Archaeology findings show that Sierra Leone has been inhabited for thousands of years. Traditional historiography has customarily presented it as a people by successive waves of invaders; but the language pattern suggests that the coastal Bulom (Sherbro), Temne, and Limba have been in continuous settled occupation for a long time, with sporadic immigration from inland Mende-speaking people including Vai, Loko and Mende. They organised themselves in small political units of independent kingdoms or chiefdoms, the powers of whose rulers were checked by councils. Secret societies, notably the Poro society also exercised political power as well as instructed initiates in the customs of the country.
Muslim traders brought Islam. Portuguese sailors, Alvaro Fernandez (1447) and Pedro Da Cintra (1462), were among the first European explorers to details their adventures along the coast of Sierra Leone. Located near present day Freetown, the Rokel estuary was established as an important source of fresh water for Sea Traders and explorers. Over the next 30 years, sea traders opened a bay for trading goods such as swords, kitchen and other household utensils in exchange for beeswax and fine ivory works. By the mid 1550’s, slaves replaced these items as the major commodity. Though the Portuguese were among the first in the region and their language formed the basis for trade, their influence had diminished by the 1650’s. English, French, Dutch and Danish interests in West Africa had grown. Trade was established through coastal African rulers who prohibited European traders from entering the interior. Rent and gifts were paid for gold, slaves, beeswax, ivory and cam wood.
British traders of the Royal African company established Forts along the coast for trading in 1672 but the British did not have monopoly on the area. Rival European nations attacked the Forts. Admiral de Ruyter is noted to having sacked Tasso Island in 1664 as a reaction to the maltreatment of Dutch traders. In 1728, Afro-Portuguese traders captured the New Royal African Company’s fort at Bunce Island
Sierra Leone History - Modern
In 1787, British philanthropists founded the "Province of Freedom" which later became Freetown, a British crown colony and the principal base for the suppression of the slave trade. By 1792, 1200 freed slaves from Nova Scotia joined the original settlers, the Maroons. Another group of slaves rebelled in Jamaica and travelled to Freetown in 1800.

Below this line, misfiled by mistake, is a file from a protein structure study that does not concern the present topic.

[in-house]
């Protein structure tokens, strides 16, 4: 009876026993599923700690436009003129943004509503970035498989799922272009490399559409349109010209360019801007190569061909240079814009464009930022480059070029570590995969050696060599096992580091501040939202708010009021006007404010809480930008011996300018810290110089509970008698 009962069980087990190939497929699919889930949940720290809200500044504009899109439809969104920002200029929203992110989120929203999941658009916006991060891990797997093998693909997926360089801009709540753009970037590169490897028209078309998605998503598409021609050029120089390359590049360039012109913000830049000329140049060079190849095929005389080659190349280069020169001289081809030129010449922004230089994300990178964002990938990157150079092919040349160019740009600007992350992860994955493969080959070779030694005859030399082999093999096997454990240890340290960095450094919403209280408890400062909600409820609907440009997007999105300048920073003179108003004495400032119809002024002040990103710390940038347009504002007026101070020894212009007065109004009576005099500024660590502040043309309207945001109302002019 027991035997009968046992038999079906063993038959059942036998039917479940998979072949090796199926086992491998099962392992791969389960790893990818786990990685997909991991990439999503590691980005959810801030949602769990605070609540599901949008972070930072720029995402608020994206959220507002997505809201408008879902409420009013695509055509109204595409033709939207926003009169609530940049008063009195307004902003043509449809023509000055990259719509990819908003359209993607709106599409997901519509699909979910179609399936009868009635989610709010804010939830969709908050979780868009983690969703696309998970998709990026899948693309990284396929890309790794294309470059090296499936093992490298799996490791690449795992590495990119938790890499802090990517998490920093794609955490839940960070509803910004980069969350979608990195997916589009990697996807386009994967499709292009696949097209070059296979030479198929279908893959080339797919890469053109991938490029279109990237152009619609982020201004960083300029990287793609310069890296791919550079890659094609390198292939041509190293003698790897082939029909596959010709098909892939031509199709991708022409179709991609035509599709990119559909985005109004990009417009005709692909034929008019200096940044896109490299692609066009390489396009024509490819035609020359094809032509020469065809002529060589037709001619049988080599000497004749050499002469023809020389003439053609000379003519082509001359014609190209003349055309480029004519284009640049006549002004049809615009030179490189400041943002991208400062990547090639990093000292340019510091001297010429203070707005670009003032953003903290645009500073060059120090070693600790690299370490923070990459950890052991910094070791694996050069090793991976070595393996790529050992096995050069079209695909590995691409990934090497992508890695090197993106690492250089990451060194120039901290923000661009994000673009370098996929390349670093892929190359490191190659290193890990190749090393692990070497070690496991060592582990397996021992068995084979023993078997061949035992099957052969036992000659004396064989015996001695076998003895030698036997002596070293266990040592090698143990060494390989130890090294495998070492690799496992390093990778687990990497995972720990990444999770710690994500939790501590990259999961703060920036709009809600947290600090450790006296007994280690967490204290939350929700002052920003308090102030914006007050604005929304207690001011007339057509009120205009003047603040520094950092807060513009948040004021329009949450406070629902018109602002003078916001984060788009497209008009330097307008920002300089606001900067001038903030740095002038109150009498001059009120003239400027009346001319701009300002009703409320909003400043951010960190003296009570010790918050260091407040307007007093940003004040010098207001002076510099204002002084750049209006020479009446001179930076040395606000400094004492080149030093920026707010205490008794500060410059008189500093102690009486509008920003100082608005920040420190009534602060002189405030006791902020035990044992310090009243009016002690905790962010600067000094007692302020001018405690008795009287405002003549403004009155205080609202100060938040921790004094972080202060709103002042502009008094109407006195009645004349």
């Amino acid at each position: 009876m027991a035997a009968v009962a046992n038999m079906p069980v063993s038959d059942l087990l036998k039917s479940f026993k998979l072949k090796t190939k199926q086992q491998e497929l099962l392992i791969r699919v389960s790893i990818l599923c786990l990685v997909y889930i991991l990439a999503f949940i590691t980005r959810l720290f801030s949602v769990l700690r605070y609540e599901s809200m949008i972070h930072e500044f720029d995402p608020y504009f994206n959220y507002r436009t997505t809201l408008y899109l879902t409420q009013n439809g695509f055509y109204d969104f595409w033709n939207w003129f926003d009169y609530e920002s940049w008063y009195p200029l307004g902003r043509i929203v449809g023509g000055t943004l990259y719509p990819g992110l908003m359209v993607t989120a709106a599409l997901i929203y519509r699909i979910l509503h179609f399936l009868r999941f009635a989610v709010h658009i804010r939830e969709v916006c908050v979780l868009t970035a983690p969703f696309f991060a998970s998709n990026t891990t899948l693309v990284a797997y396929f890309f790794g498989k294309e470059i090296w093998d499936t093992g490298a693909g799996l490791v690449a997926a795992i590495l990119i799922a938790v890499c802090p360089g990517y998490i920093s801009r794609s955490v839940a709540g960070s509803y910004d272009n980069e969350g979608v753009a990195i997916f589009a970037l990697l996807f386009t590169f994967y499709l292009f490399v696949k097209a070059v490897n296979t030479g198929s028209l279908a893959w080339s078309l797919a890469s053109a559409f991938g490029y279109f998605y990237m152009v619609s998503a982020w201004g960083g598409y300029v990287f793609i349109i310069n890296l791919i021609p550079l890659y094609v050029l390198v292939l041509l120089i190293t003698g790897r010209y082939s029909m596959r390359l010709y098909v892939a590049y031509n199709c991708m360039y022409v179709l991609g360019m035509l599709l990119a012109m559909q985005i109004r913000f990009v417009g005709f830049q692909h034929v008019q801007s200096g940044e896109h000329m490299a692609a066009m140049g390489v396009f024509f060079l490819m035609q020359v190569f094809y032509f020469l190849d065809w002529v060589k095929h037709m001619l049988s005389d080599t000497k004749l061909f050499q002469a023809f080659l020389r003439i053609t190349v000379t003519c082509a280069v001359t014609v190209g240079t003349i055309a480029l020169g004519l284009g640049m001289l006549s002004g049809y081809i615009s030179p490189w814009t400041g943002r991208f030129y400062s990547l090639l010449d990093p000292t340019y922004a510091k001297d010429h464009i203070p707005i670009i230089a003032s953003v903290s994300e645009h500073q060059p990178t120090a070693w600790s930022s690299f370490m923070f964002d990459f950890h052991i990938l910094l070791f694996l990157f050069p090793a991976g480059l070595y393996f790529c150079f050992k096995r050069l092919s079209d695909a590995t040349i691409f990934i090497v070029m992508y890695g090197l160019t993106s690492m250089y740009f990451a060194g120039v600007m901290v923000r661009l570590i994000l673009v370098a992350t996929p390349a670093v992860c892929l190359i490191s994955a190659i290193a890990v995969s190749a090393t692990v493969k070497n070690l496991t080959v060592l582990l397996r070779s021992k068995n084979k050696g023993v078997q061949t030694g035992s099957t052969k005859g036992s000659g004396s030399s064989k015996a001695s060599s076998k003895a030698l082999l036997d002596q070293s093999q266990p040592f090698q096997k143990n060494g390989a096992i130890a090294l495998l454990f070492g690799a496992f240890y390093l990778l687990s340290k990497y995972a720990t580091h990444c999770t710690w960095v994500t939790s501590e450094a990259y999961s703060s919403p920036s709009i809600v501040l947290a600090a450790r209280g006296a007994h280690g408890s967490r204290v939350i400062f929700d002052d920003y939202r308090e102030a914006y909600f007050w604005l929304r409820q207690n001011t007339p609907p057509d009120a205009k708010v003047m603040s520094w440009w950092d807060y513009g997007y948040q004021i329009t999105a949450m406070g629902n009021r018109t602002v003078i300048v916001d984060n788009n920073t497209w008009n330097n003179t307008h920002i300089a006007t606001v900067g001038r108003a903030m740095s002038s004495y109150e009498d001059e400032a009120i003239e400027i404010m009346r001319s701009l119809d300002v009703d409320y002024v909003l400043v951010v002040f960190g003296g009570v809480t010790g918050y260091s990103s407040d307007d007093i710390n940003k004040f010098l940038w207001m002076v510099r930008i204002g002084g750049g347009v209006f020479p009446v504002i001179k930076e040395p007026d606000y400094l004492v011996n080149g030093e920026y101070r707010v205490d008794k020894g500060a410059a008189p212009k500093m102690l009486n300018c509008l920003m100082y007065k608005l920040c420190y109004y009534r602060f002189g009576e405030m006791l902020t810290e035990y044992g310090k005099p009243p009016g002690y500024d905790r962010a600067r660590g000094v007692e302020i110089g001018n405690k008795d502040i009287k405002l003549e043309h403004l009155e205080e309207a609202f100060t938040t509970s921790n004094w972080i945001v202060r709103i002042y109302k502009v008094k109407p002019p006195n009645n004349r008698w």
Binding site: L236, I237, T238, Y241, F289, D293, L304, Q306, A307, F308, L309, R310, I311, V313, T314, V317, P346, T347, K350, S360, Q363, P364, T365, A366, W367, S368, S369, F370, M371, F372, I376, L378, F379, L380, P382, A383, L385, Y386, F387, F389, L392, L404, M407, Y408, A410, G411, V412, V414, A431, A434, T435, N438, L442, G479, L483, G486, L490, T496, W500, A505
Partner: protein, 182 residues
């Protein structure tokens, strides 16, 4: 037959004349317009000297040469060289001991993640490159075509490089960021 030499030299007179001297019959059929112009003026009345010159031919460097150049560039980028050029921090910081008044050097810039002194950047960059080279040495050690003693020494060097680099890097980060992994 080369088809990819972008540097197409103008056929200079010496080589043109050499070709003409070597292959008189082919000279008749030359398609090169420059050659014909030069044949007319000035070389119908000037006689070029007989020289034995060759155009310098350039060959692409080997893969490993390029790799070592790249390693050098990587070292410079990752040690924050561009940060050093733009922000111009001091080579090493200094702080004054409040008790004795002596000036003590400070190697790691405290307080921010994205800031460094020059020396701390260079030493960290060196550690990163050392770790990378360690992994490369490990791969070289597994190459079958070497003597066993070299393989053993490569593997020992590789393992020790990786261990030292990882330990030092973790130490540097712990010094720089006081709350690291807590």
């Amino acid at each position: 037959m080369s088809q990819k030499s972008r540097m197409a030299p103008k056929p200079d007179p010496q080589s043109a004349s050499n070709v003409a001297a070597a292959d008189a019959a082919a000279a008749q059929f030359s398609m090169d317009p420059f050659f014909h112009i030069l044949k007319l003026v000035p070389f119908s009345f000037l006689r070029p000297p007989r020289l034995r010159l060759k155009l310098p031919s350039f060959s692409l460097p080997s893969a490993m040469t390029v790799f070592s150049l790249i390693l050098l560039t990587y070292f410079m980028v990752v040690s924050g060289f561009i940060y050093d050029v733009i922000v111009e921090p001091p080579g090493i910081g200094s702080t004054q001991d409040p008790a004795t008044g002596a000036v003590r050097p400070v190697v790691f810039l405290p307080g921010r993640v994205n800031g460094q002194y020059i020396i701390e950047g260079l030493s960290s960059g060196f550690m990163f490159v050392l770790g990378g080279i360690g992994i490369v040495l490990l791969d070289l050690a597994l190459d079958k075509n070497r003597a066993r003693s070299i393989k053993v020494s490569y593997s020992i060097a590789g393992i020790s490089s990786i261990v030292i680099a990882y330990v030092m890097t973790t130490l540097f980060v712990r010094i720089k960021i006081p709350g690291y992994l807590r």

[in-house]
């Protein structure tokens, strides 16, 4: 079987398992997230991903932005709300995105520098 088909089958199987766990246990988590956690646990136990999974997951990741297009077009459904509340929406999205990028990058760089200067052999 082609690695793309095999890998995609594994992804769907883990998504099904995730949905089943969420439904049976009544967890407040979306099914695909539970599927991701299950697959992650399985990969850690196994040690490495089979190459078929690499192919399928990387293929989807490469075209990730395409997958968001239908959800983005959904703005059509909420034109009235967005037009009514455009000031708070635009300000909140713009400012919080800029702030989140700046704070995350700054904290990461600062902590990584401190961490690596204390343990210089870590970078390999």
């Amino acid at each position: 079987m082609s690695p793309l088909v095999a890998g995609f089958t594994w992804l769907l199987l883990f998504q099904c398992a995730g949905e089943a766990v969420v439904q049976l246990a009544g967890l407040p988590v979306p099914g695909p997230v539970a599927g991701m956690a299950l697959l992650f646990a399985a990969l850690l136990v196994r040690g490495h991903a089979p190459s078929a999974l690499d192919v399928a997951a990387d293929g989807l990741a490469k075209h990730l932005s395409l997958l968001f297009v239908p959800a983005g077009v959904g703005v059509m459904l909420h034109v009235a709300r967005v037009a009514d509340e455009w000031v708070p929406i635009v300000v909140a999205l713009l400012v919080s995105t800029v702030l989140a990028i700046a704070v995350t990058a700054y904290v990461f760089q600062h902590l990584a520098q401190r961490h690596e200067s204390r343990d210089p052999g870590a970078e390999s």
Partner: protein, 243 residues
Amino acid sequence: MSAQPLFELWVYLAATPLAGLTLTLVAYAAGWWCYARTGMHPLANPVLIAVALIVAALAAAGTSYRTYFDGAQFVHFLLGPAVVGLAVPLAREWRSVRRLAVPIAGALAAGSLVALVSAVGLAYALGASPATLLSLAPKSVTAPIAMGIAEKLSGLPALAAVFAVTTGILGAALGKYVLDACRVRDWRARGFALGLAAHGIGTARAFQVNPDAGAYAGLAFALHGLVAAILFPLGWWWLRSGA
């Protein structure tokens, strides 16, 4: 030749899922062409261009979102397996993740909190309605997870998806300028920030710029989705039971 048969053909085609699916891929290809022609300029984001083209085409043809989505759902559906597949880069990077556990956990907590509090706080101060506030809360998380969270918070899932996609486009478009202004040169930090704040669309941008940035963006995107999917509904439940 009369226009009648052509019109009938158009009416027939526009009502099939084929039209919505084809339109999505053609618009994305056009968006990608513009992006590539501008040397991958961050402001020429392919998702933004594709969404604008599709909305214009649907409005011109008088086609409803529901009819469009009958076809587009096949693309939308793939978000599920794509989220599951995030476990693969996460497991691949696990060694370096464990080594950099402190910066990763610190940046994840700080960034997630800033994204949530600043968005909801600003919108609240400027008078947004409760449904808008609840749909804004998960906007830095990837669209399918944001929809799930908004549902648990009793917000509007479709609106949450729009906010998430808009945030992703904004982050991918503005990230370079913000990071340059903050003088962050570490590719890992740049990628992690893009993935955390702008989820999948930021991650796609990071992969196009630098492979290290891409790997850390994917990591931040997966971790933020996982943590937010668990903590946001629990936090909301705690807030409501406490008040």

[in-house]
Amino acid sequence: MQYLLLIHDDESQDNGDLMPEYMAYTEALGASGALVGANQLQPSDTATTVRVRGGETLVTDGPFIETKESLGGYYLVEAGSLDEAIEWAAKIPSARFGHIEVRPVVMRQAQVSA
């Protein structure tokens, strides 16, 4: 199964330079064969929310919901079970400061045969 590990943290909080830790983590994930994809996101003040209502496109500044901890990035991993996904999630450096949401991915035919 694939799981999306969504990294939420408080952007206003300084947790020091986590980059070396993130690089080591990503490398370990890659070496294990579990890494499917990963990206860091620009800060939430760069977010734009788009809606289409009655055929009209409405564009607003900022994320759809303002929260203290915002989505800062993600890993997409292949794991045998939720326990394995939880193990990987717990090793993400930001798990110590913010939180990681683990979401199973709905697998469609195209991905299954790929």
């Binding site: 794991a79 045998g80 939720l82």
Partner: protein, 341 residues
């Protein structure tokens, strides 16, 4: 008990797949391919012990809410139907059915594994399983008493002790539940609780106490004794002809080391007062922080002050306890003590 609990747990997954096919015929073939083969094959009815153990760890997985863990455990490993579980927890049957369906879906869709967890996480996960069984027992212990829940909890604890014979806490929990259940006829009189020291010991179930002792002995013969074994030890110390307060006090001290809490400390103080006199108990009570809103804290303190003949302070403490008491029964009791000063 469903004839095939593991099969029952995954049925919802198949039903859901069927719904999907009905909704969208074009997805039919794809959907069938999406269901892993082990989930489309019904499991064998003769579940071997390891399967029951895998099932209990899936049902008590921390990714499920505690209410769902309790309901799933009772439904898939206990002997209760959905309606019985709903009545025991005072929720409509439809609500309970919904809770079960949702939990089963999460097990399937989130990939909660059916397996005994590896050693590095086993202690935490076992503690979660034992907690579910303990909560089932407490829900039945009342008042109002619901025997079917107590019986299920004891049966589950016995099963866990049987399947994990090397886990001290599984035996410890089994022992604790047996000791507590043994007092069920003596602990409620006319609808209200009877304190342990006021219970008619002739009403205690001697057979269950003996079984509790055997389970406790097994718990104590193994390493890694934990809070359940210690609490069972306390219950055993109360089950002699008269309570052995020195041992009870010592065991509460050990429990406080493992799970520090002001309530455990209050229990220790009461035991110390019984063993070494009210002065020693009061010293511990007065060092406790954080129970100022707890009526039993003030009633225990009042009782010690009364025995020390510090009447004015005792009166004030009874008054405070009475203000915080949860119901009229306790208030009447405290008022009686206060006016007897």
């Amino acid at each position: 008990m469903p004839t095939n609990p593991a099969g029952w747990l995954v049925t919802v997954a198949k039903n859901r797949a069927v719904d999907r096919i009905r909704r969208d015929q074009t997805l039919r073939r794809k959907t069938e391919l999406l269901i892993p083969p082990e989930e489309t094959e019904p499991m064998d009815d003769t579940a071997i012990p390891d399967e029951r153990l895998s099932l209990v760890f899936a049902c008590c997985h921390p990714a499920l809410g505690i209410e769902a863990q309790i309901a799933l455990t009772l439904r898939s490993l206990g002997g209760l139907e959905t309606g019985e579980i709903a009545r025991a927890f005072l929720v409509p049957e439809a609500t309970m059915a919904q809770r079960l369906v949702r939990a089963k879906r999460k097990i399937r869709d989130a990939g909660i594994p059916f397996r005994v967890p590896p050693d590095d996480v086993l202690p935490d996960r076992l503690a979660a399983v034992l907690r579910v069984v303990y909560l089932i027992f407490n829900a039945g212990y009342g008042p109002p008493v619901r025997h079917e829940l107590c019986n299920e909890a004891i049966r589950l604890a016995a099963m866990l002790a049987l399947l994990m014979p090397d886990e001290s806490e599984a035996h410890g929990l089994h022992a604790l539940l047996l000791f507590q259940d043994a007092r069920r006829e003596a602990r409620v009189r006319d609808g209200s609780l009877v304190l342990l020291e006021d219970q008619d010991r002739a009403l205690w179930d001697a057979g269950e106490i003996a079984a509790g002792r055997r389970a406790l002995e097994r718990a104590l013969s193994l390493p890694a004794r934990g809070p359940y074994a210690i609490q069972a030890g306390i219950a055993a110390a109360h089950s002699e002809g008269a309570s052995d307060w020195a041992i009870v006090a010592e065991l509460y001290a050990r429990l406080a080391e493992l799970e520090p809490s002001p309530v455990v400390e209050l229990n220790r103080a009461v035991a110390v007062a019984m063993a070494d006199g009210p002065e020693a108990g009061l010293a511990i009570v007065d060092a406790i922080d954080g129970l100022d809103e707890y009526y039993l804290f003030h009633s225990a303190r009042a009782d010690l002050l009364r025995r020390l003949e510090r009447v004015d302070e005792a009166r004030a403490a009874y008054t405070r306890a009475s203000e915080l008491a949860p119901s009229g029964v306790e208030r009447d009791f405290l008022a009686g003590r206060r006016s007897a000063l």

Through the efforts of men such as William Wilberforce, Thomas Clarkson and Granville Sharpe, Lord Mansfield formed an administration in 1806, which was instrumental in the British Empire’s abolition of the Trans-Atlantic slave trade (1807). The British established a naval base in Freetown to patrol against illegal slave ships. A fine of £100 was established for every slave found on a British ship.
In 1808 Sierra Leone officially became a crown colony with the land possessions of Sierra Leone Company (formerly known as St George’s Bay Company) transferred to the crown. The colony was dedicated to demonstrating the principles of Christianity, “civilisation” and commerce.
In 1833 British Parliament passed the Emancipation Act, and in 1833 slavery was finally abolished. It wasn’t until 1865; the United States passed the 13th amendment abolishing slavery.
By 1855, over 50,000 freed slaves has been settled in Freetown. Known as the Krios, the repatriated settlers of Freetown live today in a multi-ethnic country. Though English is the official language krio is widely spoken throughout the country allowing different tribal groups a common language. Check out some basic krio.
Sierra Leone History - Post Modern
Sierra Leone achieved independence on the 27th of April 1961. the country attained republican status on the 19th April 1971. Since independence many changes have been experienced politically economically and in the social society of SL.
The 90's brought successive civil disturbances culminating into a ghastly RUF rebel war that led to the intervention of the International Community led by the United Nations Mission in Sierra Leone (UNAMSIL). Various international organisations helped provide an environment for free and fair presidential and parliamentary elections of 2002. The war has been officially over since 2001. The next step is rebuilding Sierra Leone but there is much to do.
Since independence, Sierra Leone has been ruled by 8 Head of State, at one time making history in the world, of having the youngest Head of State, Valentine Strasser aged 27 years. Today a multi-party democracy operates under the presidency of Alhaji Dr Ahmed Tejan Kabbah who won a landslide victory in the May 2002 Presidential and Parliamentary Election.
The SLPP administration of Alhaji Dr Ahmed Tejan Kabbah were voted out of power in what has widely being acclaimed as a free, fair and peaceful election in 2007. The current President is Ernest Bai Koroma